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8.2.12

St. Olaf Choir Centennial Tour

This review is an Ionarts exclusive.

Monday evening the St. Olaf College Choir (Northfield, Minn.), conducted by Anton Armstrong, graced the stage of the Music Center at Strathmore, performing for a capacity audience. Swaying and singing from memory for their two-and-a-half-hour program, holding hands and dressed in purple velvet robes hemmed a strict distance from the ground, the St. Olaf Choir’s religious program (all but two pieces) delivered. The effortless breath support and impeccable, shimmering tuning of this ensemble of seventy-five young singers were remarkable. The combination of refined diction, uniform vowels, relaxed vocal production, and exceptional direction produced profound musical results, starting with the warm, glistening sound and long lines of Palestrina’s Sicut Cervus.

A small instrumental ensemble joined the choir for Bach’s motet for double choir Singet dem Herrn, which actually might have had more excitement without the instrumentalists. Whatever German and important musical lines obscured due to a rather brisk tempo in the first movement were made up for by a delicate second movement and a balanced and clear third movement. Unfortunately, the quick notes of the fugue prior to the Halleluja created somewhat obnoxiously predictable pointillist impressions instead of creative linear shapes.

The program comprised a number of works that at times seemed chosen, or were even written with the primary aim, to showcase the St. Olaf Choir’s wonderful sound, leaving musical goals second. The choir was most challenged and musically impressive in the premiere of the mystical Ave Rosa, by René Clausen (St. Olaf, '74), well sustained by the low basses who often kept a full sound after the rest of the choir would taper a phrase, and Kenneth Leighton’s A Hymn of the Nativity, which bustles in exciting complexity at the lines “Thee, meek Majesty, soft King of simple graces and sweet loves.”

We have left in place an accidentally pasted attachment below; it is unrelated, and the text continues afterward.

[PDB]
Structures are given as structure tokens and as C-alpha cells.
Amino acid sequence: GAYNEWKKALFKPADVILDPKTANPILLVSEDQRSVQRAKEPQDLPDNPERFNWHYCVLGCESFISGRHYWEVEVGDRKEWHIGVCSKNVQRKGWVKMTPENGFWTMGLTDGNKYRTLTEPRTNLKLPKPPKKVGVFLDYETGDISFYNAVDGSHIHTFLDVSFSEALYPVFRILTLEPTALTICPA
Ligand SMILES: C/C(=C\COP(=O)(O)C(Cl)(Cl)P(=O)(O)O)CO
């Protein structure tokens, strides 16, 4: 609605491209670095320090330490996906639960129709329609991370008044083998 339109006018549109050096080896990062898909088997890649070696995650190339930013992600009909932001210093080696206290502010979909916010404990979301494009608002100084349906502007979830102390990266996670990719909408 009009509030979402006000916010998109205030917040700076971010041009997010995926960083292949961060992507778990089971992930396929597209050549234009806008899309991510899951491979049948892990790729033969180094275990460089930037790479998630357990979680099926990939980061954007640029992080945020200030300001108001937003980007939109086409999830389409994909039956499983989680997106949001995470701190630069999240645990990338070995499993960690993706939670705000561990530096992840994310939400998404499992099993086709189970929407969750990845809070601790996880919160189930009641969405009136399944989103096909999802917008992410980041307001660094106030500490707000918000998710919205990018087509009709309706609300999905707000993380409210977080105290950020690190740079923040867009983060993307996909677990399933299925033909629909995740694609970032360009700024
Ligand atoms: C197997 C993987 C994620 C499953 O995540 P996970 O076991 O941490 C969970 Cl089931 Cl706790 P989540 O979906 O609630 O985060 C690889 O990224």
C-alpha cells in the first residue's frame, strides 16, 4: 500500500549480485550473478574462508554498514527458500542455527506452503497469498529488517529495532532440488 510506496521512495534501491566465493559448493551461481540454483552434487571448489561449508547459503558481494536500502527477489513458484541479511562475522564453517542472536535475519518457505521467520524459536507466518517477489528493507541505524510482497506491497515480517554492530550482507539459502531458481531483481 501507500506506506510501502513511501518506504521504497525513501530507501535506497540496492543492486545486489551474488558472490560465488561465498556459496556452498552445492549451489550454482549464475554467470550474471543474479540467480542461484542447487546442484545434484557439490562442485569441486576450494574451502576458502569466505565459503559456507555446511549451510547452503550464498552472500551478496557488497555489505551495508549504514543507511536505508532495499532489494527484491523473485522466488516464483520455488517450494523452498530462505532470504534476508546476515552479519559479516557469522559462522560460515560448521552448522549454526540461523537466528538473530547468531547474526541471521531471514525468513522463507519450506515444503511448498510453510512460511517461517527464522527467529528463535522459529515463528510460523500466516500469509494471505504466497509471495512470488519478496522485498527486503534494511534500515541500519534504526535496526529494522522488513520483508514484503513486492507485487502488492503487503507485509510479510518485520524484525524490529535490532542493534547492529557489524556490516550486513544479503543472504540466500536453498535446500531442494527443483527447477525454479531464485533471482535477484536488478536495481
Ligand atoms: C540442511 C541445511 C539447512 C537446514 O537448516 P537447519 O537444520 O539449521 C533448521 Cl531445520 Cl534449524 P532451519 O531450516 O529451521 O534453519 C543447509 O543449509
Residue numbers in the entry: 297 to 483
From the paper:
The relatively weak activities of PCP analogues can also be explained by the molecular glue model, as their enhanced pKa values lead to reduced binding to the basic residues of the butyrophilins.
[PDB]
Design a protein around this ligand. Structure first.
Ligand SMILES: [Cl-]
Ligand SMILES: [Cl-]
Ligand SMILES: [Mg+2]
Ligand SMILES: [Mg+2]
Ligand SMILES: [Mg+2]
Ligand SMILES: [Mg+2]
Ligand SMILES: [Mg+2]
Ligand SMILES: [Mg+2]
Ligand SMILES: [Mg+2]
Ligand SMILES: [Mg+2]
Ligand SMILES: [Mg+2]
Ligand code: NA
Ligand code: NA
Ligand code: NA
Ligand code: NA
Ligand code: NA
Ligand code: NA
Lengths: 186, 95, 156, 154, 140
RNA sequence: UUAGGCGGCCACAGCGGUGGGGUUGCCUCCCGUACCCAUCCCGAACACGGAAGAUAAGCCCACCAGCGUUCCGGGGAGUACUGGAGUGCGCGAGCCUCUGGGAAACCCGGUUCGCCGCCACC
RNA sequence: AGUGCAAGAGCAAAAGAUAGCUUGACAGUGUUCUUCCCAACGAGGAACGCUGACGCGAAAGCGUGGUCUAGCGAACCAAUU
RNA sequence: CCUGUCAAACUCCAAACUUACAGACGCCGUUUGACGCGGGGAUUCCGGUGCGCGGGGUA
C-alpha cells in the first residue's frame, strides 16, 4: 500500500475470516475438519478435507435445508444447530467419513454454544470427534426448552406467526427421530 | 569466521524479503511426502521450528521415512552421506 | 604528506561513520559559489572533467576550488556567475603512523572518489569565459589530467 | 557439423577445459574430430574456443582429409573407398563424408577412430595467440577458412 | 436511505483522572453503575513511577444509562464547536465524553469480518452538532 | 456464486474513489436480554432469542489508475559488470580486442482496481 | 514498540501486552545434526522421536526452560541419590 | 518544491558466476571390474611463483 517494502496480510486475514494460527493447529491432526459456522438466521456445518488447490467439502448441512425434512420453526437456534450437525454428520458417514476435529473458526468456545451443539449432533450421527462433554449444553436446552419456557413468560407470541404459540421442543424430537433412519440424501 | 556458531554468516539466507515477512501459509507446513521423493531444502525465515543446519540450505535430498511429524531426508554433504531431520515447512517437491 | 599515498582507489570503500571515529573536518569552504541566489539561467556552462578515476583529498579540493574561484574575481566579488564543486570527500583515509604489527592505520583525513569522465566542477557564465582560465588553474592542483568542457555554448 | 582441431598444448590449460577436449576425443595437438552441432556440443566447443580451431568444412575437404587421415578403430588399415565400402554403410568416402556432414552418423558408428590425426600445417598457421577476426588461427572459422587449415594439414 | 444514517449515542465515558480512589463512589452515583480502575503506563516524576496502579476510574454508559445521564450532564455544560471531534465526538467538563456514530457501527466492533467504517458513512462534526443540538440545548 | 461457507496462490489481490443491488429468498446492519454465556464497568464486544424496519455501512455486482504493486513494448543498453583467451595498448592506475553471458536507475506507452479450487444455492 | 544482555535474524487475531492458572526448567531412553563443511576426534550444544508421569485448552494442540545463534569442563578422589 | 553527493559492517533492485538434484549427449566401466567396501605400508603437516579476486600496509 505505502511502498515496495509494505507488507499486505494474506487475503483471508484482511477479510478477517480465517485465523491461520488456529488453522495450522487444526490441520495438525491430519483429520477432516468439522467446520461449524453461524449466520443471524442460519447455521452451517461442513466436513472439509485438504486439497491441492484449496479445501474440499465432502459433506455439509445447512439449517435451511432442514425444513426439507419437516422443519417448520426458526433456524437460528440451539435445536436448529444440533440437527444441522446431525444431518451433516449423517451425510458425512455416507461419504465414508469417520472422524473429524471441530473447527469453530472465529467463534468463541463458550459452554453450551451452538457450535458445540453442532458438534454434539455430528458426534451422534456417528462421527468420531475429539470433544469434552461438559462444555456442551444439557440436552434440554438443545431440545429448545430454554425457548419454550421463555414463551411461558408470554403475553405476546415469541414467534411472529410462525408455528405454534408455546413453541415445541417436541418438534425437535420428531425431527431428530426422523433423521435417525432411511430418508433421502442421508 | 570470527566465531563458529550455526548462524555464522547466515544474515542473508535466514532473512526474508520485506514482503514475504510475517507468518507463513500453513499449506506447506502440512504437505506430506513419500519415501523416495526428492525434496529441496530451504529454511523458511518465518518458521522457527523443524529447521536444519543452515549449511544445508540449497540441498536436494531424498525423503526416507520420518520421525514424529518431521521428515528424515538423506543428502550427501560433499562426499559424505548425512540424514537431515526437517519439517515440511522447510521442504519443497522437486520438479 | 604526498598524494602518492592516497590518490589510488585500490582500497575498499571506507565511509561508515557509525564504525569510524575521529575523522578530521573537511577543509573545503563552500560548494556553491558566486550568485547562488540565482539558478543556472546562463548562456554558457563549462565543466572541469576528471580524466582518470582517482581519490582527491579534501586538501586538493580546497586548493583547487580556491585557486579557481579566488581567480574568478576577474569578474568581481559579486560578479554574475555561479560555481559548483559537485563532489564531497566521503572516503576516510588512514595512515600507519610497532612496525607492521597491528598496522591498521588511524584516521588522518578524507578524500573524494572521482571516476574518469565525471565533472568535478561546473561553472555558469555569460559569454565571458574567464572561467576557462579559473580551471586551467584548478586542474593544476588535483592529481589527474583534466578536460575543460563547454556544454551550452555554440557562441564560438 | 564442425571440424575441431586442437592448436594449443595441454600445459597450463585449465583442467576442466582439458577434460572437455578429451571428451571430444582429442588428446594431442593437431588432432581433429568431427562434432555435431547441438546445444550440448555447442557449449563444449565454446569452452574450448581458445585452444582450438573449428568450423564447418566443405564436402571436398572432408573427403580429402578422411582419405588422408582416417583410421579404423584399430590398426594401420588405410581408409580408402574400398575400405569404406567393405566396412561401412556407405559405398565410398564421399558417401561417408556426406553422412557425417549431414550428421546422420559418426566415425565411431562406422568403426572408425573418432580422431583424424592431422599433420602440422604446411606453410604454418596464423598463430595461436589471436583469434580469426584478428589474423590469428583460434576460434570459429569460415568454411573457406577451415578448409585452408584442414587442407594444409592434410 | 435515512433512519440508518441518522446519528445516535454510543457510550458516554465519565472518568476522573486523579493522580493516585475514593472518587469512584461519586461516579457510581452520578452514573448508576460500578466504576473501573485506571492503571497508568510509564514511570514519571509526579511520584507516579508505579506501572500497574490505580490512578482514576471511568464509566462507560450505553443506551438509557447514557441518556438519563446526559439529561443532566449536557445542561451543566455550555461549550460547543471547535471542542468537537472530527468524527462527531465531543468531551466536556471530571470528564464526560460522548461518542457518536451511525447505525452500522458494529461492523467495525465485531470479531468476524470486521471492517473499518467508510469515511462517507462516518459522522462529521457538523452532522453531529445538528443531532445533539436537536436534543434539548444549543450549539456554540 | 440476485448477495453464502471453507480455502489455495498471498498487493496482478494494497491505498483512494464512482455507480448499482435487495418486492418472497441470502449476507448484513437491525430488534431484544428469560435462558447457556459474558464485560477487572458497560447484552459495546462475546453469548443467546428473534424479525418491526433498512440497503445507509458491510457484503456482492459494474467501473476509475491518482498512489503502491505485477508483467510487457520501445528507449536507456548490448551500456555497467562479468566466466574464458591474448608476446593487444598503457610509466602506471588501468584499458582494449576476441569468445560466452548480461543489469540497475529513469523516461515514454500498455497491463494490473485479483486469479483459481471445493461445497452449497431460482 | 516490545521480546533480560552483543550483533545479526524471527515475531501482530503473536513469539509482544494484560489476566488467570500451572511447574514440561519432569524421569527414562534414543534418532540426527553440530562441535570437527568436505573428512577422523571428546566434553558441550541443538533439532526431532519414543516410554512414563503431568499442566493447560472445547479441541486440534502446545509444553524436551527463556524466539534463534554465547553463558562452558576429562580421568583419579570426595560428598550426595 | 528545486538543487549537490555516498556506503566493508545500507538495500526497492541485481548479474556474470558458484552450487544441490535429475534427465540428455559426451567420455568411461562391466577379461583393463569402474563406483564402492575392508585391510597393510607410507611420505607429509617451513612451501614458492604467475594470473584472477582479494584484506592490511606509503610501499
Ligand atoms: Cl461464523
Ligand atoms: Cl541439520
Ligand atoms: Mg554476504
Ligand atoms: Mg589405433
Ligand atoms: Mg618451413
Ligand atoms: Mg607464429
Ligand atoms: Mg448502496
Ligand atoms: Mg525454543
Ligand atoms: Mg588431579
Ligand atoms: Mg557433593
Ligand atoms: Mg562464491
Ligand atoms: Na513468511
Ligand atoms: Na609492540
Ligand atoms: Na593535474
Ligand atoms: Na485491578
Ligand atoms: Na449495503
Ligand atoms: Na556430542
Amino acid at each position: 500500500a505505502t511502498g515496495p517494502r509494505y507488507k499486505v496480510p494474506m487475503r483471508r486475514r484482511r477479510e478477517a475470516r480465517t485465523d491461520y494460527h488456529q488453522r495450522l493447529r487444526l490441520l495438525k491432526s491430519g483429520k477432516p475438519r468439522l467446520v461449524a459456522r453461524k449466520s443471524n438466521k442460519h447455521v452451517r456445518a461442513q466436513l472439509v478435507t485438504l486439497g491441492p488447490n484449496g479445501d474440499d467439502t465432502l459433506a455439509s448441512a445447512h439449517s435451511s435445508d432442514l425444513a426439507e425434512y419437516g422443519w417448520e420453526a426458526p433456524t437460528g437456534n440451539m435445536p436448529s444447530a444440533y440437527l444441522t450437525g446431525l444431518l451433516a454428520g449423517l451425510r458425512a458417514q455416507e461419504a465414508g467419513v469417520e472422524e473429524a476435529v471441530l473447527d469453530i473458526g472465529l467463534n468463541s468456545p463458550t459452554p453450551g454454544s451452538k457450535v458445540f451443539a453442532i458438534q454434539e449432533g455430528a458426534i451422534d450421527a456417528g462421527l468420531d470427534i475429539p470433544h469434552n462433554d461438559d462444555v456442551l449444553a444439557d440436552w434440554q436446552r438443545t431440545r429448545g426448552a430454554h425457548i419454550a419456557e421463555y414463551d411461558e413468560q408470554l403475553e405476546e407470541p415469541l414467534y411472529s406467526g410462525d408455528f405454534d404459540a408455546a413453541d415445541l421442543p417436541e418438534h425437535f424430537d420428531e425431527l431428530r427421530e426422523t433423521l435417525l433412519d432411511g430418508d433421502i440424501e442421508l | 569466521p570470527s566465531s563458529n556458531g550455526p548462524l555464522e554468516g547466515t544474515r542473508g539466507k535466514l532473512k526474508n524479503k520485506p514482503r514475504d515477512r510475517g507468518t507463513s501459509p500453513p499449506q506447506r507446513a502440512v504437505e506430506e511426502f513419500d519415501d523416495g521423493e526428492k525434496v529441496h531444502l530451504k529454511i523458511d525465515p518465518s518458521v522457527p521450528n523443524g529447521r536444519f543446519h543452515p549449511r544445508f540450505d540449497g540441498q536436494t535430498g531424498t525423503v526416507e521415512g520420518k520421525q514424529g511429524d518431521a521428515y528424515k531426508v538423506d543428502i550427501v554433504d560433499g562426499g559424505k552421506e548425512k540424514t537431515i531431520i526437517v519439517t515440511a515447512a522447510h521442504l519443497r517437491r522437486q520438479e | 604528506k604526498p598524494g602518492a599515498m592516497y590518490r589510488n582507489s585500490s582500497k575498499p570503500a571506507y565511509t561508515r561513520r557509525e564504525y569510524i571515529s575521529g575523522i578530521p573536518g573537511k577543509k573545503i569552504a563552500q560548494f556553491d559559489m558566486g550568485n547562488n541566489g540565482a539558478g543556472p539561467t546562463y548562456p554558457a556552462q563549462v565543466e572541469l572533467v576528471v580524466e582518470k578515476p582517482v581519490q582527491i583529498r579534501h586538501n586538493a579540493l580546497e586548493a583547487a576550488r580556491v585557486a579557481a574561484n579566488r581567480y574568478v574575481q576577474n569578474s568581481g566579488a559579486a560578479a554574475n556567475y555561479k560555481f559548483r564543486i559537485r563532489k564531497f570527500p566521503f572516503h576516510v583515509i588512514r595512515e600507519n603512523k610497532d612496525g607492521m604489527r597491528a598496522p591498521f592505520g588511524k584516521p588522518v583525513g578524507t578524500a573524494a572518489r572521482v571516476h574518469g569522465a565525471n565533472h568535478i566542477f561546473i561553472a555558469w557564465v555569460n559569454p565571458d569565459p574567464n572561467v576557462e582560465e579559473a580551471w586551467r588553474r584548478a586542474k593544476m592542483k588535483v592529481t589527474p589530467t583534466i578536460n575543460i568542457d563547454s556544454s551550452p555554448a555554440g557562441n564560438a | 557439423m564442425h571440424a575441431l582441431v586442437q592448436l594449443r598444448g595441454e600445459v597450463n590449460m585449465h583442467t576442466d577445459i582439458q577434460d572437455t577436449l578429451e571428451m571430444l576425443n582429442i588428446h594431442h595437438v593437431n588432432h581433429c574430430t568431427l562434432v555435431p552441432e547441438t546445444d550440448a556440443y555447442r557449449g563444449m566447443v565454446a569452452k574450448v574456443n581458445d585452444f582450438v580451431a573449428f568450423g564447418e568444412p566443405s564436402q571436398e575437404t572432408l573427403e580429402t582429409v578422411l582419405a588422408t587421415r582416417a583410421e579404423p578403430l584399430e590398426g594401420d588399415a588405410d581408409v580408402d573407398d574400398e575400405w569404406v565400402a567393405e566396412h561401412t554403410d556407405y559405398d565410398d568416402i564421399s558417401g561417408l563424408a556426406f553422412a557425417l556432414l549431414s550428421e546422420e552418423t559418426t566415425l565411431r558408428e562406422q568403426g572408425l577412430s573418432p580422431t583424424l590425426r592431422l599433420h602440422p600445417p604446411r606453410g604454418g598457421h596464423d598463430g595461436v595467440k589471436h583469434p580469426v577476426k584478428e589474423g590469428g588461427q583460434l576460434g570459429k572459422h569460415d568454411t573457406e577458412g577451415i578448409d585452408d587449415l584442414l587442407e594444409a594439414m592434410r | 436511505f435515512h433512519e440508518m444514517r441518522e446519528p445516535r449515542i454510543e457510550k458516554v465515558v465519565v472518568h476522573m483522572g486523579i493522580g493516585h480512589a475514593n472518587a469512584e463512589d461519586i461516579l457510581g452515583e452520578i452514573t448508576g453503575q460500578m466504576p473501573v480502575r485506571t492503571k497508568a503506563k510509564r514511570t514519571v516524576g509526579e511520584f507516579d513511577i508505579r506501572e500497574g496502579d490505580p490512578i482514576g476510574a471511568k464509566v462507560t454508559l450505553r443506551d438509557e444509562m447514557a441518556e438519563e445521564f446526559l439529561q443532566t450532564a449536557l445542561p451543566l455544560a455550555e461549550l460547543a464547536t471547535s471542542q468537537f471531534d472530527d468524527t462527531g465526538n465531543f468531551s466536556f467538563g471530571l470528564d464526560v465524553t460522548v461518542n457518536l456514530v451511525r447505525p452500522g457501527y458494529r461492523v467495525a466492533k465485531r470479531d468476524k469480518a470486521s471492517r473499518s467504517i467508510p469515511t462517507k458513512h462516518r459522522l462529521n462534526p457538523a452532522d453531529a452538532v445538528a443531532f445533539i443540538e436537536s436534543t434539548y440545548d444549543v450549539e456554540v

The choir seemed less challenged by works that might not suit universal taste, particularly those by the three previous St. Olaf Choir conductors, F. Melius Christiansen (1912-43), Olaf Christiansen (1941-68), and Kenneth Jennings (1968-90). Additionally, the Minnesotans humorously fumbled the pronunciation of Moses Hogan’s roof-raiser My Soul’s Been Anchored in the Lord by clumsily singing over and over: “Mah souls been ancherrrd...” At least they got the “mah” part right. The work dramatically built in tempo, volume, and excitement with their biggest sound always adding resonance with a trace of neither harshness nor letting one’s hair down.

After introducing the St. Olaf College president and the Norwegian Ambassador (the college was founded by Norwegian pastors and farmers in 1874), Armstrong gave uplifting remarks about music and its role in the world. Cleverly, he mentioned that he “wished [he] could get the members of the legislative, executive, and judicial branches of government in a choir, so they could work in harmony.”

The St. Olaf Choir’s Centennial Tour continues in Grand Rapids (Mich.), Urbana (Ill.), Chicago, Milwaukee, and Minneapolis, and then back home to Northfield on February 13.

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